A hip fracture is a terrible experience, to the patients themselves, and to their family members too. In order to repair the fracture, it will require major surgery which may possibly involve either metal pinning with screws or total replacement of the hip joint with artificial parts. If all ends up well, you go home without a problem. However, undergoing these procedures gives you a risk of infection, blood clotting, and even bleeding, either because of the nature of the surgery itself or because of some underlying conditions you may have.
After such a surgical procedure, long and aggressive rehabilitation programs are necessary for function to be restored. Elderly patients may find it very difficult to bounce back to their previous selves. In addition, family members may have to deal with loss of independence and nursing-home placement too.
See how much of a big deal hip fractures are? What’s worst is that around 250,000 people in the United States suffer hip fractures each year. If it’s that bad, we should all find a way around it. Or better yet, we should focus more on preventing hip fractures in the first place, right? Here are some simple preventive measures you can follow:
Exercise and maintain an active lifestyle to strengthen bones and improve balance. Weight-bearing exercises, such as brisk walking and tai-chi all help you maintain your bone density for more years. Exercise also increases your overall strength, making you less likely to fall. Improving your balance, which can be done by practicing yoga, is also a must because balance deteriorates naturally with age.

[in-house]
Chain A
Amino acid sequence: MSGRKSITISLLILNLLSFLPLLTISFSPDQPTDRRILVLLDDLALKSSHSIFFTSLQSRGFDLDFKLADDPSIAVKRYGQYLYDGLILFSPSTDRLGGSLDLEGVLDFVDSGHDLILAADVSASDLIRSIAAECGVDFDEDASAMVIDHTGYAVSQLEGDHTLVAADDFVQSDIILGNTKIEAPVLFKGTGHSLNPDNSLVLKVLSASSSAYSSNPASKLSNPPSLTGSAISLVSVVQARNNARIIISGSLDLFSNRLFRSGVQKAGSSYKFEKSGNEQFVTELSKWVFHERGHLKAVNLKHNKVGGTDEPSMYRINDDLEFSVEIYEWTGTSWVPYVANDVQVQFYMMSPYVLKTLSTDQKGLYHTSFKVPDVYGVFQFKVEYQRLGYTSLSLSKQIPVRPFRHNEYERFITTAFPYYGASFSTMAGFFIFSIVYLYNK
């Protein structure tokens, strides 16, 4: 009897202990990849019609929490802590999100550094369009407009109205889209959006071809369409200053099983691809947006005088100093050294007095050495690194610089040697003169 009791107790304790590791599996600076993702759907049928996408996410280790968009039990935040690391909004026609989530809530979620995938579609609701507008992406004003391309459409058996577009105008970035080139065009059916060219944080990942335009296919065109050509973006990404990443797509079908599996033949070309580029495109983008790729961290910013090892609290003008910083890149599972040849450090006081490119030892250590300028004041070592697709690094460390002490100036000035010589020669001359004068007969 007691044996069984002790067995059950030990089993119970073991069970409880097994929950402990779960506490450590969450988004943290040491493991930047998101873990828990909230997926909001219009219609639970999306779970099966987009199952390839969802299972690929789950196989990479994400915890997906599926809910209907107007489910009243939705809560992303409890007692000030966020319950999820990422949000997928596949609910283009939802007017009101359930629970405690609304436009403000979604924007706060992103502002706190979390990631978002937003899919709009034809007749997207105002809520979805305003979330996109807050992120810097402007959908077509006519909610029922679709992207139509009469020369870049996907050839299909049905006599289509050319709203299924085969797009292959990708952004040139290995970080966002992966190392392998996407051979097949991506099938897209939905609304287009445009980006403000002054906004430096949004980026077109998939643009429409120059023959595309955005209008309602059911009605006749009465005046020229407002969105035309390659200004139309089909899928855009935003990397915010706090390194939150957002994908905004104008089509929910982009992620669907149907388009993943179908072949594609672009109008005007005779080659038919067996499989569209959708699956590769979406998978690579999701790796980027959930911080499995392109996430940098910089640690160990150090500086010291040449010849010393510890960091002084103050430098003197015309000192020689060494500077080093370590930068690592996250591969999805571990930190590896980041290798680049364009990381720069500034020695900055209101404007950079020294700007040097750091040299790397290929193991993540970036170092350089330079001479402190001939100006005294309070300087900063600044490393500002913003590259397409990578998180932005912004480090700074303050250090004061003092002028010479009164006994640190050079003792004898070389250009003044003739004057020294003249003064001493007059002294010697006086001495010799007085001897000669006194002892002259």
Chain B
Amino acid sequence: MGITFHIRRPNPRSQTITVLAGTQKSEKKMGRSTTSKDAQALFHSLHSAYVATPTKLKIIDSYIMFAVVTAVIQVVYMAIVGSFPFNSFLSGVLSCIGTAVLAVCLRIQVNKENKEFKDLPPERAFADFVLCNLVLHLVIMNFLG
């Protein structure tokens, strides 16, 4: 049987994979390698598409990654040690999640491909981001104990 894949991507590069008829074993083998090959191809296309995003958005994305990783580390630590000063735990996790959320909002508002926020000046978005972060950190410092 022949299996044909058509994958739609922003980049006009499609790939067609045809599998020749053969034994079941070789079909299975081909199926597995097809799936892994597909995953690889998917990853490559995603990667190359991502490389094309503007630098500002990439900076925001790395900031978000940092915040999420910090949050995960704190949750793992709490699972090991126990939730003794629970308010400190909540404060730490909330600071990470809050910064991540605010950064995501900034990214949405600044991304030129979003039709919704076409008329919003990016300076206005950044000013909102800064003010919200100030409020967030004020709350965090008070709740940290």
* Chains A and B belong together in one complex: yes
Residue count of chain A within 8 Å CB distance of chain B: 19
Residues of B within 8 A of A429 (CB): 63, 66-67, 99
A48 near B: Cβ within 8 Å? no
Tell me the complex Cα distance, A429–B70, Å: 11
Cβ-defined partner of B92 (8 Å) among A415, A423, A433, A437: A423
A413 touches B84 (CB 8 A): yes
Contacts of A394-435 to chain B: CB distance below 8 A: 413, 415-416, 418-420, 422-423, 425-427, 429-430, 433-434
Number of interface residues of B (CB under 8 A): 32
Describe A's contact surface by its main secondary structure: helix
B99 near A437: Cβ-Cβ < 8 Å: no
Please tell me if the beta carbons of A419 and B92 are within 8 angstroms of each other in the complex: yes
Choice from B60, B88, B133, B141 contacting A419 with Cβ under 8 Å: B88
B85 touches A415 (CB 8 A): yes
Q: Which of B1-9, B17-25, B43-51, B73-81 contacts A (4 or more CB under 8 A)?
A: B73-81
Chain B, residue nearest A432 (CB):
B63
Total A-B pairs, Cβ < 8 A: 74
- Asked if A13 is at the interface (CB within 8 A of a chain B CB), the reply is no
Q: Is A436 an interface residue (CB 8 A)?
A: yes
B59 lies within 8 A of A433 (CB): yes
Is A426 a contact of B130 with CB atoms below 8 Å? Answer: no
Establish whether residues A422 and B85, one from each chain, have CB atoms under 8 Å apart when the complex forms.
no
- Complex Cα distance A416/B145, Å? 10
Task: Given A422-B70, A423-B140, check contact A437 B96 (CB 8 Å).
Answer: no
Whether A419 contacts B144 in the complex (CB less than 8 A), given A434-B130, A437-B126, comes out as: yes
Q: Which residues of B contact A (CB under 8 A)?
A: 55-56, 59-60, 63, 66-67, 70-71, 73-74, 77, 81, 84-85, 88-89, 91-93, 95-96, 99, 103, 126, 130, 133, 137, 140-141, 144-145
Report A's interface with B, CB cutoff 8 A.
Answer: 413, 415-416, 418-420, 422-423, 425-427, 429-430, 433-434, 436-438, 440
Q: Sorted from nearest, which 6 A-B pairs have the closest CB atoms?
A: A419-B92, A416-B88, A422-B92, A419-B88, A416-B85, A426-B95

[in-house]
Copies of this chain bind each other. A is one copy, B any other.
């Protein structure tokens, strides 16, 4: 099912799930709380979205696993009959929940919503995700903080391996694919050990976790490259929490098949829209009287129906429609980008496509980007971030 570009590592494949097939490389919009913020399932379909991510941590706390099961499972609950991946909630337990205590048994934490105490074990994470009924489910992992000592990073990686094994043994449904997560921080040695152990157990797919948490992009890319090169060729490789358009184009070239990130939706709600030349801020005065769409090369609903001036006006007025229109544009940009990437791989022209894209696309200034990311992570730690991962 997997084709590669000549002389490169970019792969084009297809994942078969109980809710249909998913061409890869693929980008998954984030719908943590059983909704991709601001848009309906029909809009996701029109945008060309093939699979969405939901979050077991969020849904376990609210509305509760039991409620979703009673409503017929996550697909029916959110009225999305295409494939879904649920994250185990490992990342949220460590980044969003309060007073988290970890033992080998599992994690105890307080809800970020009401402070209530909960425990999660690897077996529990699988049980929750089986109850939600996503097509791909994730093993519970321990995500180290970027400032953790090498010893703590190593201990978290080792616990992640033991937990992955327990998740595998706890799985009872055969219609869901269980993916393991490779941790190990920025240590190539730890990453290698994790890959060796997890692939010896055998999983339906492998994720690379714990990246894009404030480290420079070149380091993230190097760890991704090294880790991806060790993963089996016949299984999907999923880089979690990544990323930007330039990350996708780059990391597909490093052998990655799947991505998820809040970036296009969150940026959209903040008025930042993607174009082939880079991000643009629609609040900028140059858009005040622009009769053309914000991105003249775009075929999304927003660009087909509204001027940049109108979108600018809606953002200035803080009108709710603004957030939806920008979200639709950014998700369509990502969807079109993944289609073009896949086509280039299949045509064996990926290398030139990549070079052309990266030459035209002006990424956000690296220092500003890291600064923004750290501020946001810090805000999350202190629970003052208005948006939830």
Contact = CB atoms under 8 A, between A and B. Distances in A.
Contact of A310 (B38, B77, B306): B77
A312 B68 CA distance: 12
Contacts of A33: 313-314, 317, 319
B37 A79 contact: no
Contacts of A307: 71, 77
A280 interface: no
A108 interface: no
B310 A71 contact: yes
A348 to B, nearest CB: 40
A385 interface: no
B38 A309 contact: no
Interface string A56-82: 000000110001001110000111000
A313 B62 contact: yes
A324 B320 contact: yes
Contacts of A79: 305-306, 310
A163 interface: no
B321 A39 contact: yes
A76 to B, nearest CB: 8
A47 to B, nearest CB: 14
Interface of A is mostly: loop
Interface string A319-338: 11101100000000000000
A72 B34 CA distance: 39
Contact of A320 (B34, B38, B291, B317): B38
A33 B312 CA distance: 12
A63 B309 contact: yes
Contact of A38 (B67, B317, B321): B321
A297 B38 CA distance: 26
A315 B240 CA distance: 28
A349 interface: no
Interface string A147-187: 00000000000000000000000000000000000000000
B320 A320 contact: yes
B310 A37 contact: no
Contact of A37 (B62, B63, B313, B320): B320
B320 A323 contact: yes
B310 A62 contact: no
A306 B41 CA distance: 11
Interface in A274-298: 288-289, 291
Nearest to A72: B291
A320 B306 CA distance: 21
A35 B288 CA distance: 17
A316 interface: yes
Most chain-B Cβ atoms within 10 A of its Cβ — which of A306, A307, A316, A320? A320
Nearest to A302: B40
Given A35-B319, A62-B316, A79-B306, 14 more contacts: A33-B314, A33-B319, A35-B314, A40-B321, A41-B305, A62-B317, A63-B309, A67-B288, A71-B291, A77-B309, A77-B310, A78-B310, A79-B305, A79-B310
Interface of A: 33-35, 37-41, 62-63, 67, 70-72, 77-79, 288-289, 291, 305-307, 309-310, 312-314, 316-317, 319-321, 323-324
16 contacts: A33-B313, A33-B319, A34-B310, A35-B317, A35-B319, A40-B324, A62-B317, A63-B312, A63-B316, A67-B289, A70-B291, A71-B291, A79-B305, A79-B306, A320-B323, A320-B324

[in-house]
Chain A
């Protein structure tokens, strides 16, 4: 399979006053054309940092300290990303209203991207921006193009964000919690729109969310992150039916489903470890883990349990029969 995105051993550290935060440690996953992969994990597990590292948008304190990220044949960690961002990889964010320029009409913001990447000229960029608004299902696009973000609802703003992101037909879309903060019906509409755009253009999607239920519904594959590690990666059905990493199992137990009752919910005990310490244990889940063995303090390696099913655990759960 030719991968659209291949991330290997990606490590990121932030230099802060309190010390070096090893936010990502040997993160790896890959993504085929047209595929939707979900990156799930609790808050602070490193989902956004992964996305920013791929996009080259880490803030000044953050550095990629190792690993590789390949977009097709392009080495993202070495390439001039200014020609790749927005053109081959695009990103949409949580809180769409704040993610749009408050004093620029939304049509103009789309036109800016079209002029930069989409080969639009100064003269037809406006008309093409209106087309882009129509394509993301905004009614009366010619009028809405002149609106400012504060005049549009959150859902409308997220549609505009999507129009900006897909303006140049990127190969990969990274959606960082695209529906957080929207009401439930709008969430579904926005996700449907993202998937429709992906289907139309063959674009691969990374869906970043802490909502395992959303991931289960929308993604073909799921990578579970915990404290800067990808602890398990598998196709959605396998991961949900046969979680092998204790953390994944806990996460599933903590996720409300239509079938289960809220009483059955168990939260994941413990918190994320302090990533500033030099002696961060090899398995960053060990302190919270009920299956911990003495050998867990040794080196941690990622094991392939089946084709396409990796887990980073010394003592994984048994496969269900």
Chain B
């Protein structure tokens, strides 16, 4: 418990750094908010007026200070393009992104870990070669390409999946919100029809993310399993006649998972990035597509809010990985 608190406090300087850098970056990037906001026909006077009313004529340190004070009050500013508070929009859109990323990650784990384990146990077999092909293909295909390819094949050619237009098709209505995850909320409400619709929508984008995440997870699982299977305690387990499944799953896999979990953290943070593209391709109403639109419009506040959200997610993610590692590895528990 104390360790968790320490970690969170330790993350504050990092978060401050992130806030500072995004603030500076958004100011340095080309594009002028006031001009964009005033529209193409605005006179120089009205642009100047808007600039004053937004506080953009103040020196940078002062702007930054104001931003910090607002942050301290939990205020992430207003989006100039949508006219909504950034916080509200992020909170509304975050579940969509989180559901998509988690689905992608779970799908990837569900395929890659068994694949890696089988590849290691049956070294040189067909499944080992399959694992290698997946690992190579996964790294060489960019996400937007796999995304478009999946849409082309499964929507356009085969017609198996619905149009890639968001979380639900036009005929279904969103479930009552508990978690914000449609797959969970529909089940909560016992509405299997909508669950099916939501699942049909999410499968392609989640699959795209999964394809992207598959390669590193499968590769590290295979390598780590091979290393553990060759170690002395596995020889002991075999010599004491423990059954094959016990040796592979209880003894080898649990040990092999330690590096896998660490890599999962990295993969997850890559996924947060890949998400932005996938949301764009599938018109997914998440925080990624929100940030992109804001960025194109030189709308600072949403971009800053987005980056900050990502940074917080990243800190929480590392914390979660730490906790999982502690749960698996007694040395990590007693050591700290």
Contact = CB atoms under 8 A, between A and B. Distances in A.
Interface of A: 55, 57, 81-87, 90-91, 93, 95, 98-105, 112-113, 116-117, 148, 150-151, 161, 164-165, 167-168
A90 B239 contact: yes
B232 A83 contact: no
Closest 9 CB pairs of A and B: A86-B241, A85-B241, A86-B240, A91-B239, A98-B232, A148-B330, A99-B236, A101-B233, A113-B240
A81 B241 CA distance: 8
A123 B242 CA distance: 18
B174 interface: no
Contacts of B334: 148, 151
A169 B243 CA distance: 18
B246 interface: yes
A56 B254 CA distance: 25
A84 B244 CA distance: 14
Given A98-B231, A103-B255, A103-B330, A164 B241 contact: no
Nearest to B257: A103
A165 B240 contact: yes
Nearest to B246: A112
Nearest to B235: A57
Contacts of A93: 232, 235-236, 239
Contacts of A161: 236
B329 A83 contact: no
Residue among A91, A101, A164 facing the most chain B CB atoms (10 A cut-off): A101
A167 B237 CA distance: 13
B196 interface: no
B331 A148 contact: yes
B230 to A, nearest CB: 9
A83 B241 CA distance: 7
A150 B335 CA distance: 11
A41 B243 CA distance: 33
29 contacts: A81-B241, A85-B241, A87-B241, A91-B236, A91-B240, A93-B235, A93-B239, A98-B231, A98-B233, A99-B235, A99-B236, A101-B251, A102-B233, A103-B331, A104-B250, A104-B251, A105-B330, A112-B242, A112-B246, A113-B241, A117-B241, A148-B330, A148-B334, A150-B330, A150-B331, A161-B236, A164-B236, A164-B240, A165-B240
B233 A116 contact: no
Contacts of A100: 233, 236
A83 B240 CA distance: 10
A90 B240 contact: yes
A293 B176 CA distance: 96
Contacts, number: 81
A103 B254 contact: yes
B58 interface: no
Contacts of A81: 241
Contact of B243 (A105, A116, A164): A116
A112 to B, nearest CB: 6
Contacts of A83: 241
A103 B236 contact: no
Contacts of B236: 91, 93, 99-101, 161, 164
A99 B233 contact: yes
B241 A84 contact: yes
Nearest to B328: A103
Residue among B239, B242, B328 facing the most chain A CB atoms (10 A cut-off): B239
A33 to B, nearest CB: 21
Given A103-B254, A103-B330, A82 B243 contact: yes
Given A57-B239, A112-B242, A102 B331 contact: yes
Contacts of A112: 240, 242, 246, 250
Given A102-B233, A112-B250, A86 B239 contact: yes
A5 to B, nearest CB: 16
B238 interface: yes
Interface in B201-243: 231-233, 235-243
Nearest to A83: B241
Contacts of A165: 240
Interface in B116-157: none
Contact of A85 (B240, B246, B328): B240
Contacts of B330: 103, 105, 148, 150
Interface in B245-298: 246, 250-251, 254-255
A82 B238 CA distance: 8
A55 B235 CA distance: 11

Turn your unhealthy lifestyle around. Avoid smoking or drinking because excessive tobacco and alcohol use have been shown to reduce bone density. Healthy lifestyle choices in early adulthood also build a higher peak bone mass. The same healthy choices and measures may lower your risk of falls and improve your overall health.
Review your medications. A lot of medications, especially sleeping pills and pain medications carry possible side effects which can increase your risk of falling. List all of them down and talk to your doctor about their side effects. You may also request for alternatives with less of these effects but same efficacy.
Look around your home and look for potential hazards. Keep all electrical cords against the wall. Place toys and small objects away from the stairs, and clear excess furniture. It will also help a lot if you keep every room and passageway well-lit.